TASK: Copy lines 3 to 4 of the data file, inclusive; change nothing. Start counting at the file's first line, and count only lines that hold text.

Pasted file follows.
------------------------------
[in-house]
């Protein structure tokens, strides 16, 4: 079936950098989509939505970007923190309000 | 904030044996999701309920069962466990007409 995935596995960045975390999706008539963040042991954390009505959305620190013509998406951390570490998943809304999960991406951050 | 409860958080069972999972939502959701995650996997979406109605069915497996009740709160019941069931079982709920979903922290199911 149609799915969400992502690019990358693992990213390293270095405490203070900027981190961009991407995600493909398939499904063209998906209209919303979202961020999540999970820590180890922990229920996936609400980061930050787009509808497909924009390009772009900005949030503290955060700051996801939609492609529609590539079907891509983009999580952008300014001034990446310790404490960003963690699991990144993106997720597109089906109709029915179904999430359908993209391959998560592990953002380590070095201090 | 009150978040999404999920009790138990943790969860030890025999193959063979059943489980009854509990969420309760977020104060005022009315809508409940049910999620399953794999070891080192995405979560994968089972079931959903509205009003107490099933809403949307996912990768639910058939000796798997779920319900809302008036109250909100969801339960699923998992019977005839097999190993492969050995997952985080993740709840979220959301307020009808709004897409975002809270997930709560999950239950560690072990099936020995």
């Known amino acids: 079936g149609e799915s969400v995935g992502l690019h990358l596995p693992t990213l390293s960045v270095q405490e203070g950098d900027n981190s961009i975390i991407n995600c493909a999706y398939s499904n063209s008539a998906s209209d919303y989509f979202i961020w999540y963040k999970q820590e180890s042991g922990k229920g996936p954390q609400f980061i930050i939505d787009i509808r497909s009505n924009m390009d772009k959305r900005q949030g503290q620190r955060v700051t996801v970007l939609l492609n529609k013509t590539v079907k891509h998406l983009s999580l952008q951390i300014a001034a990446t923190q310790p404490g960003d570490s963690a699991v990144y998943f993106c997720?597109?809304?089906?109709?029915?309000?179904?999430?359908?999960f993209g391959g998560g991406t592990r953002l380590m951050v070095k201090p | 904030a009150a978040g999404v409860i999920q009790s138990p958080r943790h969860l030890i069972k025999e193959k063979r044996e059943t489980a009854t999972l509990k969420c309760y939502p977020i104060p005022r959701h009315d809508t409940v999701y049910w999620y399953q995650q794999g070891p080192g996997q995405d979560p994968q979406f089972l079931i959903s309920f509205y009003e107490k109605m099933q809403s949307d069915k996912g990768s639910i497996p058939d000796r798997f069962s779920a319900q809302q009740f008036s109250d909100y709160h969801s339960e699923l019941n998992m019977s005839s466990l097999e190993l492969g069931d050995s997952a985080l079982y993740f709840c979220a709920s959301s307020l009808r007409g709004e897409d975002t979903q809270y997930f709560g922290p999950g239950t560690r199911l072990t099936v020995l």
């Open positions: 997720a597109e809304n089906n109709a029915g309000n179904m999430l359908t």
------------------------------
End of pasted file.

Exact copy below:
């Known amino acids: 079936g149609e799915s969400v995935g992502l690019h990358l596995p693992t990213l390293s960045v270095q405490e203070g950098d900027n981190s961009i975390i991407n995600c493909a999706y398939s499904n063209s008539a998906s209209d919303y989509f979202i961020w999540y963040k999970q820590e180890s042991g922990k229920g996936p954390q609400f980061i930050i939505d787009i509808r497909s009505n924009m390009d772009k959305r900005q949030g503290q620190r955060v700051t996801v970007l939609l492609n529609k013509t590539v079907k891509h998406l983009s999580l952008q951390i300014a001034a990446t923190q310790p404490g960003d570490s963690a699991v990144y998943f993106c997720?597109?809304?089906?109709?029915?309000?179904?999430?359908?999960f993209g391959g998560g991406t592990r953002l380590m951050v070095k201090p | 904030a009150a978040g999404v409860i999920q009790s138990p958080r943790h969860l030890i069972k025999e193959k063979r044996e059943t489980a009854t999972l509990k969420c309760y939502p977020i104060p005022r959701h009315d809508t409940v999701y049910w999620y399953q995650q794999g070891p080192g996997q995405d979560p994968q979406f089972l079931i959903s309920f509205y009003e107490k109605m099933q809403s949307d069915k996912g990768s639910i497996p058939d000796r798997f069962s779920a319900q809302q009740f008036s109250d909100y709160h969801s339960e699923l019941n998992m019977s005839s466990l097999e190993l492969g069931d050995s997952a985080l079982y993740f709840c979220a709920s959301s307020l009808r007409g709004e897409d975002t979903q809270y997930f709560g922290p999950g239950t560690r199911l072990t099936v020995l």
């Open positions: 997720a597109e809304n089906n109709a029915g309000n179904m999430l359908t």